A webcast on student affairs and technology. A couple of weeks ago, the opportunity to do a webcast finally happened with the webcast “What AVPS and Mid-Level Professionals Need to Know About Technology” with Eric Stoller and Stephanie Gordon. It was a challenge for me given that I am not always sure of how much I know about the topic and how I may come across on a live discussion when folks are watching from all places.

joe_before_afterLose 45 pounds in 10 months. Never in my wildest dream would I ever thought I’d accomplish this. After all, I’ve tried in the past to lose weight, but for various reasons, I just couldn’t make it happen. Here is a blog post, How I lost 20 Pounds in 3 Months, of what I found to work (written three months after I started the weight loss attempt).

 

 

As I had mentioned, my wife and I have a list of BHAGs and those shall remain a secret to us and who knows if they’ll ever come to fruition. It is fun though to work towards them and to think about the possibilities. Professionally, I see the next three years as potentially significant for me. With a mixture of luck, preparation, and with the help of many folks – I do hope they’ll happen.

What are you BHAGs?

Photo of goldfish with shark fin courtesy of: https://pbs.twimg.com/media/CZwxYtFWwAIclAj.jpg

 

The Need for a Common Higher Education Data Model

In the current state, the ability for higher education institutions to provide holistic assessments of student learning, development, and success and to provide comprehensive advising (using curricular and co-curricular data) and other student services using disparate systems is virtually impossible. This is because the interoperability between systems may be limited or they require IT staff/vendors to develop interfaces so that data can be moved between the systems through some form of files including text, xml files, or other means. In addition to the limited interoperability, the lack of data liquidity (ability to move data from one system to another) which I shared in this post is even a bigger constraint. That there is not a single common structured data model in higher education is one of the big impediments towards an environment where disparate systems within the institution can have a set of systems working together as one. Even a bigger goal is for multiple higher education institutions to have the ability to exchange information between their systems in cases where students may be attending both institutions or if they transfer from one to the other.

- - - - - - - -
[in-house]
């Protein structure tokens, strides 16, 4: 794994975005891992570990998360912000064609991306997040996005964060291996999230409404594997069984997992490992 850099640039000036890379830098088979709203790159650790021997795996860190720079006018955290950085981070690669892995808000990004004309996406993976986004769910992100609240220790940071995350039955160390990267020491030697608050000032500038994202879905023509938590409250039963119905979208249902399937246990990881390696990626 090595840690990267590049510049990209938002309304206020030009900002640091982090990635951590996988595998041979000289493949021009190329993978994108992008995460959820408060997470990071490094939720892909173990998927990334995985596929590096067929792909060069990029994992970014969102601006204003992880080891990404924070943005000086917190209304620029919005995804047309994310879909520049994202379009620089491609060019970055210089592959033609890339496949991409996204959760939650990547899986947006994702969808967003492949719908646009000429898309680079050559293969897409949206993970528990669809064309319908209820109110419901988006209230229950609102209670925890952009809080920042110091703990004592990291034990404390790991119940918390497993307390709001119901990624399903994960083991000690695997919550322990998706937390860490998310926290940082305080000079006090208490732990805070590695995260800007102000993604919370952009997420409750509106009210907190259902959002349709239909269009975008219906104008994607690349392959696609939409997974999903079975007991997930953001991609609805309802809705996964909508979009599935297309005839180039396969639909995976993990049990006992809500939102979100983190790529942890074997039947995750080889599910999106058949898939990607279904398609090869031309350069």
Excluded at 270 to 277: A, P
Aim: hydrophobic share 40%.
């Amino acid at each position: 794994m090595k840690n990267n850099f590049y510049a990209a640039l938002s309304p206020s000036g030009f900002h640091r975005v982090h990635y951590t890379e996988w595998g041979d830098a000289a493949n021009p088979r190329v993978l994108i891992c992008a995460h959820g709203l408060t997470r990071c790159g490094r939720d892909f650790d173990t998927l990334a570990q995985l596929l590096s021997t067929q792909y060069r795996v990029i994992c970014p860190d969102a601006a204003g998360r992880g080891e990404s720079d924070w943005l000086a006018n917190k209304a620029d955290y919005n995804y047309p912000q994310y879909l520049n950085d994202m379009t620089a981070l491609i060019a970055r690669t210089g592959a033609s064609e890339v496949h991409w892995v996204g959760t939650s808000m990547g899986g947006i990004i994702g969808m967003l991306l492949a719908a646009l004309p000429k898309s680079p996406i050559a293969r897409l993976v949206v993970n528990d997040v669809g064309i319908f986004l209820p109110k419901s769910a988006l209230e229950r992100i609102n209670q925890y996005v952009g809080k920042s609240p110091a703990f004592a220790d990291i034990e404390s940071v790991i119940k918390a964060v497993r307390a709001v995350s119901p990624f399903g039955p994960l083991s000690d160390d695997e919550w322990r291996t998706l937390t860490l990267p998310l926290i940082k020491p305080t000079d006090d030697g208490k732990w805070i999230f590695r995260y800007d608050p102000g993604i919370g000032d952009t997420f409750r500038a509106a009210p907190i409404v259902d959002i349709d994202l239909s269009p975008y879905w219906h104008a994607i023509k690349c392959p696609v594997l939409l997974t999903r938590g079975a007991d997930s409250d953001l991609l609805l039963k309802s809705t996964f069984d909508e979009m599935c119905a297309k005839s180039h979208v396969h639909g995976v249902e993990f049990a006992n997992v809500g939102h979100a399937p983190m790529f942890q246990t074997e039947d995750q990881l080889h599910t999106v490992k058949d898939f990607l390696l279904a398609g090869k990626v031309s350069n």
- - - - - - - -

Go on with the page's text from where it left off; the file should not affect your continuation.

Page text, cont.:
I wrote this blog about a proposal for a Common Learning Portfolio Markup Language in 2013 based on my observation working with several information systems our university and the inability for these systems to easily exchange data among them. These systems include electronic medical records, student information system, residential management system, judicial conduct, and other systems. What I observed is that these systems cannot interface with each other because they were either created by different vendors or they were developed by our developers. These different systems also did not share a common data model or infrastructure which could make it easier for our developers to readily build programs to exchange data between them without having to develop additional programs to extract, transform, and load (ETL) the data.

Just recently, I noticed efforts by different vendors to develop/implement their versions of structured higher education data models and infrastructures. I haven’t delved into the details of each model/infrastructures to definitively talk about how they are implemented but given my limited access and understanding of the data models, it seems these efforts by the vendors are specific to their set of products (and their partners, however that’s defined). In addition, these data models do not seem to include co-curricular information such as involvement with student organization, career internships, and volunteer activities.The links below provide information about these different efforts: